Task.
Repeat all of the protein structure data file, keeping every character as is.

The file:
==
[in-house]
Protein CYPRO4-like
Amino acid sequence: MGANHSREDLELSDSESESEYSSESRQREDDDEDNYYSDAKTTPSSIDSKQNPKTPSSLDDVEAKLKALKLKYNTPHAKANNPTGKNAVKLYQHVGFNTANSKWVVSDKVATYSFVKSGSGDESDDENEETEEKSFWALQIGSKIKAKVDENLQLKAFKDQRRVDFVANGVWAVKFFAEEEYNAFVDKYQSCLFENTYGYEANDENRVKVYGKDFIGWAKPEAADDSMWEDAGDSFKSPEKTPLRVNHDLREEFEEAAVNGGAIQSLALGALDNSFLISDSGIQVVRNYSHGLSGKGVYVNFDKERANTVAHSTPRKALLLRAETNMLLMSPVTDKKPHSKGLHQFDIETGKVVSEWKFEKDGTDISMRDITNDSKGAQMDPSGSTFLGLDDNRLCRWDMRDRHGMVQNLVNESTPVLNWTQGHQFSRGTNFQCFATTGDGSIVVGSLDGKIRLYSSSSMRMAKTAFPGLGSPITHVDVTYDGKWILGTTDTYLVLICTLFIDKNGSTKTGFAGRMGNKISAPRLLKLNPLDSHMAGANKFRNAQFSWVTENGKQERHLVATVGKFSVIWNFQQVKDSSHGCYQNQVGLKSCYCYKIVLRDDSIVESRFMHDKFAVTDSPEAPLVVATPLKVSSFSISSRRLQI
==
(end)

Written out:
[in-house]
Protein CYPRO4-like
Amino acid sequence: MGANHSREDLELSDSESESEYSSESRQREDDDEDNYYSDAKTTPSSIDSKQNPKTPSSLDDVEAKLKALKLKYNTPHAKANNPTGKNAVKLYQHVGFNTANSKWVVSDKVATYSFVKSGSGDESDDENEETEEKSFWALQIGSKIKAKVDENLQLKAFKDQRRVDFVANGVWAVKFFAEEEYNAFVDKYQSCLFENTYGYEANDENRVKVYGKDFIGWAKPEAADDSMWEDAGDSFKSPEKTPLRVNHDLREEFEEAAVNGGAIQSLALGALDNSFLISDSGIQVVRNYSHGLSGKGVYVNFDKERANTVAHSTPRKALLLRAETNMLLMSPVTDKKPHSKGLHQFDIETGKVVSEWKFEKDGTDISMRDITNDSKGAQMDPSGSTFLGLDDNRLCRWDMRDRHGMVQNLVNESTPVLNWTQGHQFSRGTNFQCFATTGDGSIVVGSLDGKIRLYSSSSMRMAKTAFPGLGSPITHVDVTYDGKWILGTTDTYLVLICTLFIDKNGSTKTGFAGRMGNKISAPRLLKLNPLDSHMAGANKFRNAQFSWVTENGKQERHLVATVGKFSVIWNFQQVKDSSHGCYQNQVGLKSCYCYKIVLRDDSIVESRFMHDKFAVTDSPEAPLVVATPLKVSSFSISSRRLQI